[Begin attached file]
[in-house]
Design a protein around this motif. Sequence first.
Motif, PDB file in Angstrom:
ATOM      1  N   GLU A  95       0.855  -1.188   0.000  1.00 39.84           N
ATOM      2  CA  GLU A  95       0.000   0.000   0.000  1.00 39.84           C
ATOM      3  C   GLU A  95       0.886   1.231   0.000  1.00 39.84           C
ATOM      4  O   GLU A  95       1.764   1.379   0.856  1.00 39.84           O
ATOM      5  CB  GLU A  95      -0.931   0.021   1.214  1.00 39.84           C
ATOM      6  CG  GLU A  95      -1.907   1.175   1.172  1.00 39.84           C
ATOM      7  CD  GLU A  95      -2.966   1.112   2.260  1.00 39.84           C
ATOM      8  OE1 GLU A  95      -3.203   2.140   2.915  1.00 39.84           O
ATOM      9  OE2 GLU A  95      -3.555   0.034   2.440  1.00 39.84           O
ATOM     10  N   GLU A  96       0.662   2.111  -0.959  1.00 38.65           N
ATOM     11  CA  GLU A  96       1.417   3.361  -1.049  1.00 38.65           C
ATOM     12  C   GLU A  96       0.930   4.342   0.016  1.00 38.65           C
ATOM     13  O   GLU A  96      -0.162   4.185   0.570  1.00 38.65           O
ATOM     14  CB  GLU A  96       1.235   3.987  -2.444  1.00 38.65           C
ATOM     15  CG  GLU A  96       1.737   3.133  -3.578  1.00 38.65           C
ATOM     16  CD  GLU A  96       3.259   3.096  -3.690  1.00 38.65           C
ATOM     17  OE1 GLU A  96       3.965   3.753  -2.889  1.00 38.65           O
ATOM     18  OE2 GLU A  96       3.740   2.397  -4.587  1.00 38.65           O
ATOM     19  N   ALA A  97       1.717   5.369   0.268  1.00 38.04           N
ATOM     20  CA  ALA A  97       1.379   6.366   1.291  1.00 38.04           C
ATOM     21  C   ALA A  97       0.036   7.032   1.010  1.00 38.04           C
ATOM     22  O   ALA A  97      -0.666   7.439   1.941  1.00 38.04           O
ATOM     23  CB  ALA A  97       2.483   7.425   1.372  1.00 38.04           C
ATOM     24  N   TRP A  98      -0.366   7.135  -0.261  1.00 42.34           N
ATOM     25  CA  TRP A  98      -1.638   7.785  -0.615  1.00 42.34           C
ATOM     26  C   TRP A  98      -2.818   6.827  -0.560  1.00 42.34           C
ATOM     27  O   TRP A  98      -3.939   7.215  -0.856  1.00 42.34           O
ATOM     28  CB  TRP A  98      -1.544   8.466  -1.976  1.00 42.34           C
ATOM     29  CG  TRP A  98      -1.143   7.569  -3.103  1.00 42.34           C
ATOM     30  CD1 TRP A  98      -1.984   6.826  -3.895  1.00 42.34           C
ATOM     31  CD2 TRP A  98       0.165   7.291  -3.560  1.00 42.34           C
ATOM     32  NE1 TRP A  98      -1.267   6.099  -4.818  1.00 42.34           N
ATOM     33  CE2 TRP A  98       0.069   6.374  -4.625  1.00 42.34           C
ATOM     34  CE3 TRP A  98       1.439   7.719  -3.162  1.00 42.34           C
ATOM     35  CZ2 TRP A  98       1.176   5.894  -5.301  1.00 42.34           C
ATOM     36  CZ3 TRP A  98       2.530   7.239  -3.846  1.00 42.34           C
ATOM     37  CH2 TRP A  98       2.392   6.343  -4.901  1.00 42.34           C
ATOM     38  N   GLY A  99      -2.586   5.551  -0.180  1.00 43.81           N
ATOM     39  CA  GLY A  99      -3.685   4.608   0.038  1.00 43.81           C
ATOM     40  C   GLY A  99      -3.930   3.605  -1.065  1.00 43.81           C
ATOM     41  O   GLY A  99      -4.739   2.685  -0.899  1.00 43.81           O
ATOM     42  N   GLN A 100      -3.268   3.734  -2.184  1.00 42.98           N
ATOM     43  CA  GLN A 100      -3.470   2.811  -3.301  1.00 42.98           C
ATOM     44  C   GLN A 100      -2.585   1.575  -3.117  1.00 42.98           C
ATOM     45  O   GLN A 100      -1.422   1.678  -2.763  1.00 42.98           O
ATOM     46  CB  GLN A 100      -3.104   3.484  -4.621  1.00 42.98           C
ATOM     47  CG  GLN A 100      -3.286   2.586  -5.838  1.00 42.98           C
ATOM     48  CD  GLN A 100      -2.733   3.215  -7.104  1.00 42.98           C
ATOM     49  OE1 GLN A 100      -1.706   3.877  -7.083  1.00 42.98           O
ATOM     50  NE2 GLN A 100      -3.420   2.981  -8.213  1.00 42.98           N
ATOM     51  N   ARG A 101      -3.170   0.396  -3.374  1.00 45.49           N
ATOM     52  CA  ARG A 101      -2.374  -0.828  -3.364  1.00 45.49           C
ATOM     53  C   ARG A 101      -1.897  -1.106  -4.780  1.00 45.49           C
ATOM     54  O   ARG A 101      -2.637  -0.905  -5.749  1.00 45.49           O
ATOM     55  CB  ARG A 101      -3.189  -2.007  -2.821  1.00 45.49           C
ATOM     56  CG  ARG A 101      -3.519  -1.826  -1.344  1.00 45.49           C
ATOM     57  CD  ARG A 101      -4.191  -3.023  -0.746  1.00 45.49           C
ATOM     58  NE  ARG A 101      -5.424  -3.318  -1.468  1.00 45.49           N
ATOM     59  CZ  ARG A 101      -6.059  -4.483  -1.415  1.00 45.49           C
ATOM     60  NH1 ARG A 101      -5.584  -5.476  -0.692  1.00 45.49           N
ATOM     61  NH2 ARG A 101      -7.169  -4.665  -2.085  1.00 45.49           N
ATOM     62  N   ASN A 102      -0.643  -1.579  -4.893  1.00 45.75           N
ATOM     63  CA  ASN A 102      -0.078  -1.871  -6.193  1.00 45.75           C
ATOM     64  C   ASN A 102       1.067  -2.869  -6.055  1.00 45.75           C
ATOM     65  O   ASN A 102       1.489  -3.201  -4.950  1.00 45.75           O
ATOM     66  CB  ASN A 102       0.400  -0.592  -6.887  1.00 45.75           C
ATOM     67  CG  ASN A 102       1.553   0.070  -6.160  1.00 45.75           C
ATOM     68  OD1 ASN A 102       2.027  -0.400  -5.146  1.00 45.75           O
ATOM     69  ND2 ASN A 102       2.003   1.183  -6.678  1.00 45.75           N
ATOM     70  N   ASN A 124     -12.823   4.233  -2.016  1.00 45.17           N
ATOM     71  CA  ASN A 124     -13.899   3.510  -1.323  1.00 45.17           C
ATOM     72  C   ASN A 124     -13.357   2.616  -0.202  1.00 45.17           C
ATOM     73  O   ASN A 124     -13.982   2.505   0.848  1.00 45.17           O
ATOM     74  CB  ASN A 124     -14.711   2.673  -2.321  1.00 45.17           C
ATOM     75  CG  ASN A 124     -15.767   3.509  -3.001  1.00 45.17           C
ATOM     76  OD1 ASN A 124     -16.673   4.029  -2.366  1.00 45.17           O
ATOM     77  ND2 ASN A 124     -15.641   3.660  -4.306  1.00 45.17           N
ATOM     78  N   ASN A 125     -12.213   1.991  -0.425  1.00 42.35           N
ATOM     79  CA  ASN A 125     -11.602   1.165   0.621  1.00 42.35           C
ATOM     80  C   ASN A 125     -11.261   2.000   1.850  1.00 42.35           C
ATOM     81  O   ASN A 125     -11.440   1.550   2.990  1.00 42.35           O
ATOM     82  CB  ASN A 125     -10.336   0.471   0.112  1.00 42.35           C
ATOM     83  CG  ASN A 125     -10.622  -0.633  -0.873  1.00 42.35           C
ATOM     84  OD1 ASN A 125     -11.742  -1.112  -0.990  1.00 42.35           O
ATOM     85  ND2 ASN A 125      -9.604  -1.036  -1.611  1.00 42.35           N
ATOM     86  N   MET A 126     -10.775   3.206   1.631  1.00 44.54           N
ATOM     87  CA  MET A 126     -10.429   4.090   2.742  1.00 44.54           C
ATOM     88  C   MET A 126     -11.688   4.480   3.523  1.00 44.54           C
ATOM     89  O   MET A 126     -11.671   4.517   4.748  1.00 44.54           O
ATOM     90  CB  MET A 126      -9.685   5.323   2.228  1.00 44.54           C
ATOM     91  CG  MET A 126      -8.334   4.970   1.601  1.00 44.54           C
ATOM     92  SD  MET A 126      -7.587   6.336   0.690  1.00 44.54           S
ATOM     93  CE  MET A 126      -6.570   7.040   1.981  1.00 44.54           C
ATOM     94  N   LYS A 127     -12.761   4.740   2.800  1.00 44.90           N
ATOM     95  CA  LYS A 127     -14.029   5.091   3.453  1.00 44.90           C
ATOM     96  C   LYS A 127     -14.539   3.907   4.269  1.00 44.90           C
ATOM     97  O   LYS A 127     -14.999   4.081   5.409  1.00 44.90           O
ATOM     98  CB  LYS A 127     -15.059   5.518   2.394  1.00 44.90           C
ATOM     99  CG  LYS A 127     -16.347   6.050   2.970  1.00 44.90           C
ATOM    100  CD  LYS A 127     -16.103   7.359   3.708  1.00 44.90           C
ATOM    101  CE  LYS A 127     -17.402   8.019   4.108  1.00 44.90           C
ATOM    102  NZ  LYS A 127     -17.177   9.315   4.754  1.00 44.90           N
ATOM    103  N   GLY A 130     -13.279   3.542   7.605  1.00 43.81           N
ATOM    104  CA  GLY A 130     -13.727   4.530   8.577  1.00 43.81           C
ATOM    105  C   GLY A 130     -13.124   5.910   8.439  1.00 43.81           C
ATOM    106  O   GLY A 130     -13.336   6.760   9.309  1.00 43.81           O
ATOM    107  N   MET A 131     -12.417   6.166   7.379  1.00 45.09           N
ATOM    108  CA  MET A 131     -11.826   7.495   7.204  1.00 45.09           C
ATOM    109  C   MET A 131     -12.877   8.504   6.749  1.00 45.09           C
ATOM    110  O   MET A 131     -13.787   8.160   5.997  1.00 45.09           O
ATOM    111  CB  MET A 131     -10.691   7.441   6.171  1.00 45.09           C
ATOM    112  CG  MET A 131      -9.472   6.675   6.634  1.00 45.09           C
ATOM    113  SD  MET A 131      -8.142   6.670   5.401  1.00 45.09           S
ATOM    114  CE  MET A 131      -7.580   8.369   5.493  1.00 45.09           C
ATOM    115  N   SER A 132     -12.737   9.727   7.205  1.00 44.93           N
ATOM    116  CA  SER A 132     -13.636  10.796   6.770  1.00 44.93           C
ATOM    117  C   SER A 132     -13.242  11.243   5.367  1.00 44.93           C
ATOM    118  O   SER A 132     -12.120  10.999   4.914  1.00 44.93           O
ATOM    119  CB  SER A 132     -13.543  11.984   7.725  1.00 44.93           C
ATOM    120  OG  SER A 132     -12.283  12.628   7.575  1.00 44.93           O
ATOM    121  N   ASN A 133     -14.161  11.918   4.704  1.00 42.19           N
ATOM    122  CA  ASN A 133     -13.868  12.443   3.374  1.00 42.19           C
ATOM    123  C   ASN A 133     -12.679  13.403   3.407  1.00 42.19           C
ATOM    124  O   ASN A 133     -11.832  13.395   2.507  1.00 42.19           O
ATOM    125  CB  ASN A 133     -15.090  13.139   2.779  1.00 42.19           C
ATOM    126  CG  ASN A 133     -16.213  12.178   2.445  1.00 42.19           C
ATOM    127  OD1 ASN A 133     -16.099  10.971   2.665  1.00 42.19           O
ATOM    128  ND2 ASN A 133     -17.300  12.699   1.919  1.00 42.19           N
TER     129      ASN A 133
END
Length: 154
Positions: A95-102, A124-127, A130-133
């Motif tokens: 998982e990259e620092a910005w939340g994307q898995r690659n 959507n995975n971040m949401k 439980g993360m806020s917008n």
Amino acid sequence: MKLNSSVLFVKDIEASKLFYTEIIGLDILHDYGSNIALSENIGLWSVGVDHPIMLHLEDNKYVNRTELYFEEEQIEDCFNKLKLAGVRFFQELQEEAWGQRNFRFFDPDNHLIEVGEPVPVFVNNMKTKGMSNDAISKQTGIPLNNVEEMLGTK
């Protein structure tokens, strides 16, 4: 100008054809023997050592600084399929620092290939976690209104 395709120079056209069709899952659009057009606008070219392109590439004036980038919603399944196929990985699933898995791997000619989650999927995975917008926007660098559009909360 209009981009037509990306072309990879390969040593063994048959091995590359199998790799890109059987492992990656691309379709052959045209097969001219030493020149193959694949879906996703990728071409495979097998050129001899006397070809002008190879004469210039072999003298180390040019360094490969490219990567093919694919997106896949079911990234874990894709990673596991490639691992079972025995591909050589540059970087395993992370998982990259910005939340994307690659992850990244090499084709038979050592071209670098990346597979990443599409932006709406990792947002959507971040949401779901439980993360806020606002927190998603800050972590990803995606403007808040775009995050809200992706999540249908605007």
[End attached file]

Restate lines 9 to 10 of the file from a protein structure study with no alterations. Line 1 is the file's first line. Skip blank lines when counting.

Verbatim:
ATOM      6  CG  GLU A  95      -1.907   1.175   1.172  1.00 39.84           C
ATOM      7  CD  GLU A  95      -2.966   1.112   2.260  1.00 39.84           C